No tracks found into library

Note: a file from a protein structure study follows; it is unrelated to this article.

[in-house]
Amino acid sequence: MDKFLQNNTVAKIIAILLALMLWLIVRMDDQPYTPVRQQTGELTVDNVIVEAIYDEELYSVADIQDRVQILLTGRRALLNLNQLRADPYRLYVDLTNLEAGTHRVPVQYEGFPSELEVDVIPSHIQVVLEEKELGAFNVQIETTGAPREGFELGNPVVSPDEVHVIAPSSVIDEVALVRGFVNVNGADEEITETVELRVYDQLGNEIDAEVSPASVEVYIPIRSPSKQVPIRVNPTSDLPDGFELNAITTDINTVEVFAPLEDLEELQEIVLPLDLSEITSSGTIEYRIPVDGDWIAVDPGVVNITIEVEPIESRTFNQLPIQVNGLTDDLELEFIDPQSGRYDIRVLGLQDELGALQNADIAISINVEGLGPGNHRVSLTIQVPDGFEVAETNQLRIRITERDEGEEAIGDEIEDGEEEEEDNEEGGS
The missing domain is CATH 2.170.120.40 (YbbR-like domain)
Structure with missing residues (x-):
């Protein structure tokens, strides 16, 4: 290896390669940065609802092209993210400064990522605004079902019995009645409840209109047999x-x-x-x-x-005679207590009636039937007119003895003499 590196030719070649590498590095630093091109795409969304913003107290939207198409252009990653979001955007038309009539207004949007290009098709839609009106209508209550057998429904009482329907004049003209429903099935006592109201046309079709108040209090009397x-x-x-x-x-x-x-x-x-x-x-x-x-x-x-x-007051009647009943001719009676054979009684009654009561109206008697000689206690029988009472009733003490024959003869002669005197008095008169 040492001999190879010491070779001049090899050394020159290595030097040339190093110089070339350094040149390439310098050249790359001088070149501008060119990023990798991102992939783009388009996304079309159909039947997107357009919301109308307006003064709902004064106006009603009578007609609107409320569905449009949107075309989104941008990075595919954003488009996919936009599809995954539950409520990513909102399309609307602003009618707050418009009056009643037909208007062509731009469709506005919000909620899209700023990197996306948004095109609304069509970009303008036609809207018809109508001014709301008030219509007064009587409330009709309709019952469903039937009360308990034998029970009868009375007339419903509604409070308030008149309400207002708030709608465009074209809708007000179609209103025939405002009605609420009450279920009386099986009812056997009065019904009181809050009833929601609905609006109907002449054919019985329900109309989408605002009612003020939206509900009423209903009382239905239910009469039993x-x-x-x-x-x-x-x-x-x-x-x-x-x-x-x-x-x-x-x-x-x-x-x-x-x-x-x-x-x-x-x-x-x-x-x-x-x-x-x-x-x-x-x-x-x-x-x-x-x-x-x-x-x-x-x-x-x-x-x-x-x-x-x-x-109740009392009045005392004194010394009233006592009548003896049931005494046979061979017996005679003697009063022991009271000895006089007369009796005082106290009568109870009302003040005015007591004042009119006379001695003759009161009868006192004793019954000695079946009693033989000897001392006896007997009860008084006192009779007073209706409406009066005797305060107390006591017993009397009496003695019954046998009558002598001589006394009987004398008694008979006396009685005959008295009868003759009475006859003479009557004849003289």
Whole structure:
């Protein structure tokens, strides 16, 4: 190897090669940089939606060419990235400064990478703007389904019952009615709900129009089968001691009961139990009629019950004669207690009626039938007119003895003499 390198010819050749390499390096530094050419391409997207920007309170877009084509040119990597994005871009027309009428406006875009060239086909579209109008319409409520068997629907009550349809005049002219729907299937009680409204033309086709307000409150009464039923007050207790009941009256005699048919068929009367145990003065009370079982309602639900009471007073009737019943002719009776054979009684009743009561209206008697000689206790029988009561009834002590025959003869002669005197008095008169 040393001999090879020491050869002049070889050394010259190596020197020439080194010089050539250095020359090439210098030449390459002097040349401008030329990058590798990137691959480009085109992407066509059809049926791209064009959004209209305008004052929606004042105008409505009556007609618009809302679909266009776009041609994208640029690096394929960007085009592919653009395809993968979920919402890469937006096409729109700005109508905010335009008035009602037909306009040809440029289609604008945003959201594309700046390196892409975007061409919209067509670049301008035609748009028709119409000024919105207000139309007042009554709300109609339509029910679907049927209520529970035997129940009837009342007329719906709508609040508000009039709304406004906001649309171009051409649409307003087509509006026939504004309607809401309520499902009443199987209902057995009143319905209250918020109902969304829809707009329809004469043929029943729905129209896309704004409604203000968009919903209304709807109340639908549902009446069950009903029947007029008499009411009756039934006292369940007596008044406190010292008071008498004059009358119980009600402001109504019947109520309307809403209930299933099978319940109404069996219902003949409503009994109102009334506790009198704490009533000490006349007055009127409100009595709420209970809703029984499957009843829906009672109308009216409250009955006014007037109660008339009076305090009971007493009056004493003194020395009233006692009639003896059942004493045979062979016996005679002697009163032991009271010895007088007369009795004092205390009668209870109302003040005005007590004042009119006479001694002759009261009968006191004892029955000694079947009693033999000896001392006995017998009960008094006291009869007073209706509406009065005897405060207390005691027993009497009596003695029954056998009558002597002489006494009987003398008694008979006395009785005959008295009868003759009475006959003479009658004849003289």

H-Bomb Ferguson (May 9, 1929 – November 26, 2006) was an American jump blues singer from Cincinnati, Ohio, United States. He was an early pioneer of the rock and roll sound of the mid 1950s, featuring driving rhythm, intensely shouted vocals, honking tenor saxophone solos, and outlandish personal appearance. Ferguson sang and played piano in a flamboyant style, wearing colorful wigs. Life and careerBorn Robert Percell Ferguson in Charleston, South Carolina, he was the eleventh of twelve children. His father was a Baptist preacher who paid for piano lessons for his son, on condition he learned sacred melodies. But Ferguson had other ideas. "After church was over, while the people was all standing outside talking, me and my friends would run back inside and I'd play the blues on the piano." At the age of 19, he was on the road with Joe Liggins and the Honeydrippers. They moved to New York, where Ferguson branched off on his own, getting a gig at the nightclub Baby Grand Club in Harlem, billed as "The Cobra Kid." His 1951-1952 recording contract with Savoy Records produced some of his best recordings. Drummer, Jack "The Bear" Parker, who played on the Savoy dates, allegedly bestowed the singer with his explosive moniker. Other accounts credit Savoy record producer, Lee Magid, with coining H-Bomb's handle; either way, his dynamite vocals fulfilled the billing. However, it was not until 1955 that rock and roll became a sensation, when Bill Haley & His Comets' version of "Rock Around the Clock" became a hit. Ferguson retired from touring in the early 1970s, but made a number of comebacks. Backed by the Medicine Men, he recorded his first album, Wiggin' Out, for Chicago's Earwig Music in 1993. He died in 2006 at the Hospice of Cincinnati of complications from emphysema and cardiopulmonary disease. His early work was featured in a compilation album H-Bomb Ferguson: Big City Blues, 1951-54. Read more on Last.fm. User-contributed text is available under the Creative Commons By-SA License; additional terms may apply.